A white Christmas: one incentive to stop global warming

I have so far not talked about the second alternative I suggested in the introduction: to do nothing. This is also a completely feasible alternative, because the effects global warming will have on our future lives are far from clear. Much of the fear of global warming we see around the world likely comes from a basic fear of change; it snowed in my city on Christmas eve when I was a child, so it should snow there on every Christmas eve in the future as well. Although our children may experience the geographical areas where they live differently than we did, that does not mean they will live worse lives. There is little reason to believe that the world temperature we have right now is the “ideal” temperature for human life. Whether global warming is leading to more extreme weather is pure speculation at the moment (the data is far from consistent), and from a lay person’s perspective it certainly seems no more likely that the weather should become more rather than less extreme after an increase in the arbitrary mean temperature that we have experienced for the last few thousand years (which is wildly variable over the globe and by the season). After a period of adapting, it is quite possible that variables such as total farm-output or tons of caught fish could turn out to be higher at higher temperatures. None of this is clear, the economists are divided, and at any rate people should be entitled to a white Christmas in their home town if they are willing to spend the outrageous amounts of resources necessary to get it. My point is simply that this is also a feasible alternative, far superior to almost all measures implemented at the moment, since it will quite possibly have basically the same effect on the climate, but without spending outrageous sums of money.


I do not advocate spending more or less resources to combat global warming; how much to spend is a far from trivial question, and needs to be decided together with experts. Neither do I advocate that we should stop all projects and measures taken to combat global warming; research into different fuels will have to be conducted at some point, and the sooner the better. Similarly, taxes on gasoline will make people think about changing to different fuels now better than later. Such measures might make the inevitable transition from oil to other energy sources smoother. Planting rainforest in the Amazon will help keep some of the biodiversity on our globe. Many of these measures will have hugely beneficial effects, and should not be stopped. But none of these measures should be taken in order to combat global warming, because as I have demonstrated in the above text, there is a large chance that they will have no effect on global warming, while there exist simple alternatives that are guaranteed to have an effect on global warming, and are no less cost-efficient (probably more).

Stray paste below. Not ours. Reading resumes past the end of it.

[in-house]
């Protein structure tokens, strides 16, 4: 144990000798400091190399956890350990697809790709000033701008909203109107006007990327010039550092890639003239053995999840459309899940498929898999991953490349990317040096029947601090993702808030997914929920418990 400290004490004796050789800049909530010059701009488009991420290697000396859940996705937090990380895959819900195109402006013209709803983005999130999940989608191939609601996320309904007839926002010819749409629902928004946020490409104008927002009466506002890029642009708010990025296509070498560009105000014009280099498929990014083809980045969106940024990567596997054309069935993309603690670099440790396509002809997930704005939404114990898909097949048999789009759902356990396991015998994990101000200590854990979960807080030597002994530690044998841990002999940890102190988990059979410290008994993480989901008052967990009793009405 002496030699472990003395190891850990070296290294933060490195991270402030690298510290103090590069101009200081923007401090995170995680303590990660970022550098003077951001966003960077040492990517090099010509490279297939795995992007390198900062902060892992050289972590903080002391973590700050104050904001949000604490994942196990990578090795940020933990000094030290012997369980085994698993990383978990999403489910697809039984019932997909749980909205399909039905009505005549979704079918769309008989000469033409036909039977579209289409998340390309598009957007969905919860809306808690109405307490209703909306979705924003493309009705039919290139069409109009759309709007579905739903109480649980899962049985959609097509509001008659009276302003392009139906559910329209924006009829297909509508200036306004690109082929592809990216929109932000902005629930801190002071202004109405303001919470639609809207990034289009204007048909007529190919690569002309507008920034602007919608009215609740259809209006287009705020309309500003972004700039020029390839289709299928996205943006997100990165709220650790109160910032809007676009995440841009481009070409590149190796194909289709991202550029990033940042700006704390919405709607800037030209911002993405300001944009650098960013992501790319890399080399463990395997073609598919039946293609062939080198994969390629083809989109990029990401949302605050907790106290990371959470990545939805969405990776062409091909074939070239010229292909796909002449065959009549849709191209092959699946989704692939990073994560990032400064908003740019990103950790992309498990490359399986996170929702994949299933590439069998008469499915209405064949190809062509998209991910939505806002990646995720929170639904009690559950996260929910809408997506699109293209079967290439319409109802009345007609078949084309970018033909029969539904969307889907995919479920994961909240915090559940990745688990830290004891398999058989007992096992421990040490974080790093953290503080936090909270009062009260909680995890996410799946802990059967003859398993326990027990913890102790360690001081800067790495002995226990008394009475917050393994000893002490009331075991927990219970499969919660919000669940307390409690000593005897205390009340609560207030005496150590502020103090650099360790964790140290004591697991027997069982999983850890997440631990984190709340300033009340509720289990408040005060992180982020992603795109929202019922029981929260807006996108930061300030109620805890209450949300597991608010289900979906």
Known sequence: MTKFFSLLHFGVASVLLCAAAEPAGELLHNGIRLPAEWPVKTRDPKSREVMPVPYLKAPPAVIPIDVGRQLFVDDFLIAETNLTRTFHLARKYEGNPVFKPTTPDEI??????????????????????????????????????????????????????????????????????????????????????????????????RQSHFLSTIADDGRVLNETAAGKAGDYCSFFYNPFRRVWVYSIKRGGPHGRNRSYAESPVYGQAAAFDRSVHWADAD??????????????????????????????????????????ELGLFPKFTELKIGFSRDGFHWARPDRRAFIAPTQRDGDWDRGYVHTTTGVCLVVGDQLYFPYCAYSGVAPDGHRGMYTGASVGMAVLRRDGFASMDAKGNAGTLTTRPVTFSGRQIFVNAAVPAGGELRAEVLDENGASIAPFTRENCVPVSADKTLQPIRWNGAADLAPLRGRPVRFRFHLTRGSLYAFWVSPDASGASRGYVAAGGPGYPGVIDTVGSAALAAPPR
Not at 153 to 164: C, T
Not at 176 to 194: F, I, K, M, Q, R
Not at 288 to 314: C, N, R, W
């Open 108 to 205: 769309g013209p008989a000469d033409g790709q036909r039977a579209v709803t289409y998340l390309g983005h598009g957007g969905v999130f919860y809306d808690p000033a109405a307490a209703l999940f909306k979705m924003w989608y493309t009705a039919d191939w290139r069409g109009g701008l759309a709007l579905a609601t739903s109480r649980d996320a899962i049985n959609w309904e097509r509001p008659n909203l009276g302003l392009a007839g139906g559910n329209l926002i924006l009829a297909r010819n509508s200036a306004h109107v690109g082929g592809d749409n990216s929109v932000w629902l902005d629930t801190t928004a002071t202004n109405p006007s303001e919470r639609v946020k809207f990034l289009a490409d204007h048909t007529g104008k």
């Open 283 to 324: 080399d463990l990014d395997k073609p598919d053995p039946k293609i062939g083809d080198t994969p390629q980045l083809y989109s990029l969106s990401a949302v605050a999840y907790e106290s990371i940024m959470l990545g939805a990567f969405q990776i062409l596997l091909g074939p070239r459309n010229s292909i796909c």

Perhaps the jaguar can be saved by replanting rainforests, but it might not help against global warming

Although this text is about 4.5 A4 pages, my basic argument is very simple, and requires no special knowledge on the subject: There is a large chance that humanity will expend almost all the extractable fossil fuels on the earth, and if we do, all measures against global warming will have been for nothing. The only reasonable way an oil-producing nation like Norway can solve this, is to make an effort not to extract all the extractable fossil fuels. All other suggested measures are inane. I contend that this is quite obvious, and it is beyond me why this is not seriously discussed in Norway. I am certain that good arguments can be posed against even my claims, but similar claims have not even appeared (to my knowledge) in the public debate. Instead, discussions about global warming continue to revolve around what politician vows to spend the most resources on schemes that quite possibly will not help in combating global warming at all.